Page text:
Tesla co-founder and board member JB Straubel started the electric vehicle battery recycling company Redwood Materials in 2017. Now, as the EV industry continues to expand, the recycling company has raised over $1 billion in a new funding round, officially pushing Redwood past a $5 billion valuation.
Straubel’s Redwood Materials raised over $1 billion in a recent funding round, as reported this week by Forbes. The company performs large-scale recycling for lithium materials, then turns that material into anode and cathode materials to be reused in EV batteries. The news comes after Redwood raised roughly $2 billion since 2019, and after it became eligible for a $2 billion low-interest federal loan. Together, this funding puts the valuation of the battery recycling company above $5 billion.
“There’s a lot of capital and a lot of projects announced and under construction in (battery) cell manufacturing—over 800 gigawatt-hours per year in just the U.S. before the end of this decade,” Straubel said earlier this year in an interview with Forbes.
Part of Redwood’s goal as a company is to help bring EV battery production to the U.S., while reusing crucial materials such as lithium, graphite, copper, cobalt, and other mined materials. Currently, these materials are largely produced in China, South Korea, and Japan.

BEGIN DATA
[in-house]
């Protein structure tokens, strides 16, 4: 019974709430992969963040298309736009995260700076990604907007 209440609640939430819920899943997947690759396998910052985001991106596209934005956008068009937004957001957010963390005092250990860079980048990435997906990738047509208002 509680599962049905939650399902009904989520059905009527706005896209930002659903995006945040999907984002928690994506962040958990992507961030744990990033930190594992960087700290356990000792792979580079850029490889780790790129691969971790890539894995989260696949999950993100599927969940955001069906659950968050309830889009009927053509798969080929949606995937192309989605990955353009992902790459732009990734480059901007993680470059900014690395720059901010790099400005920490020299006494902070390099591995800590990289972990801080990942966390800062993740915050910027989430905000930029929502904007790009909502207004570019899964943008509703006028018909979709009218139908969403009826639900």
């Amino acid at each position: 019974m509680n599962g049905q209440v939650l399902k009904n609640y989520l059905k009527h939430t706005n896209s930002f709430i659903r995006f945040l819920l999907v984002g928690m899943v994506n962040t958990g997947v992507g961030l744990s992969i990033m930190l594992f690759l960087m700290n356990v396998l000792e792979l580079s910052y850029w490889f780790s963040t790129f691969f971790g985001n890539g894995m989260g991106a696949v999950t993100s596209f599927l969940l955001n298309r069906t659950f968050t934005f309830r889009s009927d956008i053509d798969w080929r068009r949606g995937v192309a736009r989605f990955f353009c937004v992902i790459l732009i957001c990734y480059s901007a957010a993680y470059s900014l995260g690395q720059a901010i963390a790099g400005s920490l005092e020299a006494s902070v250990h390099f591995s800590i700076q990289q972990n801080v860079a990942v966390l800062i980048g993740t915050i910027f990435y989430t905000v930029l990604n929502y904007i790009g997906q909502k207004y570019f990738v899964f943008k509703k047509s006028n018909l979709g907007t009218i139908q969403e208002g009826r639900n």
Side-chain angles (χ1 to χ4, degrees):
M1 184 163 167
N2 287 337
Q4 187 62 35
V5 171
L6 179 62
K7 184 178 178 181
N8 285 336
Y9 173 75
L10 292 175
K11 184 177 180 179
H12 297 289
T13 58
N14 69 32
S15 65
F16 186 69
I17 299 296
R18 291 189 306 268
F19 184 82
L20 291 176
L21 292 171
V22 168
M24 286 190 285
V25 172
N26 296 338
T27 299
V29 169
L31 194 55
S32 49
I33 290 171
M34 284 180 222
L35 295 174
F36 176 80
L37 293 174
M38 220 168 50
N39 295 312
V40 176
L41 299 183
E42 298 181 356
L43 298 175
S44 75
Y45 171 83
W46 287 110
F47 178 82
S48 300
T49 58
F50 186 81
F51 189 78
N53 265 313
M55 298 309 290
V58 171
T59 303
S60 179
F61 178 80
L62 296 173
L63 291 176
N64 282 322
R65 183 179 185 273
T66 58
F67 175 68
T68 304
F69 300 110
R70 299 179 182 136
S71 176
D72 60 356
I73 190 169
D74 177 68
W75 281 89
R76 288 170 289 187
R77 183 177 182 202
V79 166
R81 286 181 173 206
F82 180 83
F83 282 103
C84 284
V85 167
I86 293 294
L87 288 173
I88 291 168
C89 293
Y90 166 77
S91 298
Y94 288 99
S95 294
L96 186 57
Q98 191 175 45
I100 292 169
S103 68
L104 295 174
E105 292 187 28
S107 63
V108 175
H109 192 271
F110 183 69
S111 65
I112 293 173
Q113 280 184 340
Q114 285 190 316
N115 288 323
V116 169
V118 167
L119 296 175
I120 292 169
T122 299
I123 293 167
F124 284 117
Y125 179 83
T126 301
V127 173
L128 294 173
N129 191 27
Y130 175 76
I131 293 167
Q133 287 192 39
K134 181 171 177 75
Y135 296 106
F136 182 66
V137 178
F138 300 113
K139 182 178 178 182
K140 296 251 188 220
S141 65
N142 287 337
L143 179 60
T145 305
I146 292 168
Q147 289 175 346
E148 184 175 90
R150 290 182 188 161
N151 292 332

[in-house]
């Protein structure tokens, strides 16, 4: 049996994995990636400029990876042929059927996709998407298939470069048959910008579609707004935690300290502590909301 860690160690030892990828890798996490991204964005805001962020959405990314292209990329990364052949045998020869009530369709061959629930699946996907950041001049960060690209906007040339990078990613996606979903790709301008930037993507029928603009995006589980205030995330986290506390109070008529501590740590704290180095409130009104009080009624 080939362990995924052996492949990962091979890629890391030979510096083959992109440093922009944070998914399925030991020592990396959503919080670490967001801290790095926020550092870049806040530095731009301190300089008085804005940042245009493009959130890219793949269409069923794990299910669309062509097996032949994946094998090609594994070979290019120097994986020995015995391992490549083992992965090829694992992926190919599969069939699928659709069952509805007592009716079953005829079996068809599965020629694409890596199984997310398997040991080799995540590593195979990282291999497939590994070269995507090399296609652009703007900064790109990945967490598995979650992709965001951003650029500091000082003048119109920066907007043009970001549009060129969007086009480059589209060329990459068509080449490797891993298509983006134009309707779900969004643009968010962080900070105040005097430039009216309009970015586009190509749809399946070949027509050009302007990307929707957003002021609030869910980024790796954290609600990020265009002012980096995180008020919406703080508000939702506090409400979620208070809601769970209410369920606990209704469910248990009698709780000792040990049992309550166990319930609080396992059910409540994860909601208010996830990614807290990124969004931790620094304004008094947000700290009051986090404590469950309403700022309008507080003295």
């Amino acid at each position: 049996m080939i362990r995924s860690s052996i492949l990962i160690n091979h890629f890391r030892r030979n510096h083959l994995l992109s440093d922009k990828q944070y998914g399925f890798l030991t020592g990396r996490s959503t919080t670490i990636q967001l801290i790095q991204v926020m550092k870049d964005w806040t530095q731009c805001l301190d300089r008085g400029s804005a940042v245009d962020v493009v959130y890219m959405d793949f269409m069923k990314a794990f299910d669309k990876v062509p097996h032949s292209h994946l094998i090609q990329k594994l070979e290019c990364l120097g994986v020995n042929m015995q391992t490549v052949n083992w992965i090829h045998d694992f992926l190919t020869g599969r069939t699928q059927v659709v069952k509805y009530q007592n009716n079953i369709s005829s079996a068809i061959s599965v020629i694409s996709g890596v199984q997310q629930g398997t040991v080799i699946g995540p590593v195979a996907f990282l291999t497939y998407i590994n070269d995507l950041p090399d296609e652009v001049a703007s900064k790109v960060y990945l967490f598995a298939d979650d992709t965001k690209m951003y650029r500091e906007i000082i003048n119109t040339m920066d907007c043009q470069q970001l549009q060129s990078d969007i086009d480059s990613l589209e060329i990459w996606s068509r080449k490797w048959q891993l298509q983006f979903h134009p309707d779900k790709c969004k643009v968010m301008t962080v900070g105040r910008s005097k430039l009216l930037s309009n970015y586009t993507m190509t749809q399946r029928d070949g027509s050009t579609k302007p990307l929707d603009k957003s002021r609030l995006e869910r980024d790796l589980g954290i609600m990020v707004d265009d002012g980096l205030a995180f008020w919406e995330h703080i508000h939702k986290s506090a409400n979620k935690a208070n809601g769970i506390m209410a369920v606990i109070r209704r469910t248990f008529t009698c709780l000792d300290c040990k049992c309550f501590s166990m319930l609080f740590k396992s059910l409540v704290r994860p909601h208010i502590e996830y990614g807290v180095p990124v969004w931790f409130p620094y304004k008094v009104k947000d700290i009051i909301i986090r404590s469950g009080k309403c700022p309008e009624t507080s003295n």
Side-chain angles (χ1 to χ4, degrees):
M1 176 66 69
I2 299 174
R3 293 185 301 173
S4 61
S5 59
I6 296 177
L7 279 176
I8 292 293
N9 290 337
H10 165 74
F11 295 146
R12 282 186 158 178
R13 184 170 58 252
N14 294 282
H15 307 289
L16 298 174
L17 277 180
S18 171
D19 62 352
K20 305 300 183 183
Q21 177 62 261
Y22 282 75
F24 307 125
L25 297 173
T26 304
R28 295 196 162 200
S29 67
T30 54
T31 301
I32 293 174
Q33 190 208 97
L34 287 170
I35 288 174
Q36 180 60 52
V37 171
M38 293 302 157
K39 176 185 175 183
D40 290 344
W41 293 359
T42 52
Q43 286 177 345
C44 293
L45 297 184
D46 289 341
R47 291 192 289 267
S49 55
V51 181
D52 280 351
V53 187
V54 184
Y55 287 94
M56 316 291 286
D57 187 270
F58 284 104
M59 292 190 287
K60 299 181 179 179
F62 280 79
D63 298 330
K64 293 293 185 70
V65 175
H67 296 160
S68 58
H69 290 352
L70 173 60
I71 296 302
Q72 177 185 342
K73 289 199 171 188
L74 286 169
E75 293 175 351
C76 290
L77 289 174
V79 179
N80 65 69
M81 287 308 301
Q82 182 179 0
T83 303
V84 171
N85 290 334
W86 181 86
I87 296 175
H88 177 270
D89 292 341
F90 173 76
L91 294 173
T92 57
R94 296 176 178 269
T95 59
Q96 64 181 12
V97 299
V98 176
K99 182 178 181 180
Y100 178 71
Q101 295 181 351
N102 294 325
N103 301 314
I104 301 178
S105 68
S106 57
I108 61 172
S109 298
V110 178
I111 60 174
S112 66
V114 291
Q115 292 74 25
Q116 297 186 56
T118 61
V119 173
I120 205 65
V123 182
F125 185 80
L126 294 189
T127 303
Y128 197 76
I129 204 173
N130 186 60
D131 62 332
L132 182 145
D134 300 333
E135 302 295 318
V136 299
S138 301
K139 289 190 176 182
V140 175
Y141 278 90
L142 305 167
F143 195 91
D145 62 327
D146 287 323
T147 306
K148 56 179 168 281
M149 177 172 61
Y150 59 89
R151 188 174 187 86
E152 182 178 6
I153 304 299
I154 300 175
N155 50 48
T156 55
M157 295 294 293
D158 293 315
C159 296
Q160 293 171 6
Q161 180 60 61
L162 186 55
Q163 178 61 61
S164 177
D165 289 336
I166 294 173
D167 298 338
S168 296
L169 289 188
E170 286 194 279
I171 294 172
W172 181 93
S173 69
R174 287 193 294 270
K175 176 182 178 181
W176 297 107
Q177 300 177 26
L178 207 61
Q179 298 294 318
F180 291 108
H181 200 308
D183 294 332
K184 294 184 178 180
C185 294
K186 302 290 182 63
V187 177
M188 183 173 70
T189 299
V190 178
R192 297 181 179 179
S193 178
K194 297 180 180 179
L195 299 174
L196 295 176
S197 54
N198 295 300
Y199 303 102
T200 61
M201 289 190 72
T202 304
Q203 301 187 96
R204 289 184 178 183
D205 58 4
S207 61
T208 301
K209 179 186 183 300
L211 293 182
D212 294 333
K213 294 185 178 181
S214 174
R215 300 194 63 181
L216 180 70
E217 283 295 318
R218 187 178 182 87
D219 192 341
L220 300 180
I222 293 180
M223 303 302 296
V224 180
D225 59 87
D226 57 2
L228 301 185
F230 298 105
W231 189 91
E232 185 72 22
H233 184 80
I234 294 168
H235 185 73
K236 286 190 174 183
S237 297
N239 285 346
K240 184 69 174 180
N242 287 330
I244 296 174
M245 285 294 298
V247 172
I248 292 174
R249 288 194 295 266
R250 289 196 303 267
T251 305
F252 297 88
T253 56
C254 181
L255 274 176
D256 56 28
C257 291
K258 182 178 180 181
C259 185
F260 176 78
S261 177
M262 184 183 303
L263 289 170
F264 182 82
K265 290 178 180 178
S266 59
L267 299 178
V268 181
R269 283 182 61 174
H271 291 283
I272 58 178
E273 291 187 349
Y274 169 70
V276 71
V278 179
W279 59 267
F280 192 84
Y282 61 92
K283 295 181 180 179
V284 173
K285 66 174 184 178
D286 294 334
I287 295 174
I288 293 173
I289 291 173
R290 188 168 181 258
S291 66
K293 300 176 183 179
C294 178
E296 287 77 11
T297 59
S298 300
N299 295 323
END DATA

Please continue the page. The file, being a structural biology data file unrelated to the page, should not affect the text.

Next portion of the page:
The Series D funding round was co-led in part by the firms Goldman Sachs, Capricorn, and T. Rowe Price. Though, funding also came from new investors, including the Ontario Municipal Employees Retirement System (OMERS) and the Microsoft Climate Innovation Fund. As the EV industry continues to expand, there will be an increasing need for reusing materials and bolstering the U.S. supply chain, which Straubel says currently has a major gap.
“Business-strategy-wise, there’s a gap and a problem in the supply chain,” Straubel added. “It may not be the sexiest part of the whole (EV) realm to invest in but I think it’s urgent and may become more of a bottleneck. So we’re very focused there.”
Redwood Materials has a production facility near Tesla’s Gigafactory Nevada in Sparks, Nevada. Currently, it produces a copper foil that it shares with fellow Tesla partner Panasonic. Additionally, Redwood is looking to build a $3.5 billion facility outside of Charleston, South Carolina, which is expected to use recycled materials to supply anode and cathode materials to the Southeast region of the U.S.
Prior to starting Redwood, Straubel served as the Chief Technical Officer at Tesla and was one of the automaker’s original founders. He was also elected to Tesla’s Board of Directors in a shareholder’s meeting in May.
Article courtesy of EVANNEX.
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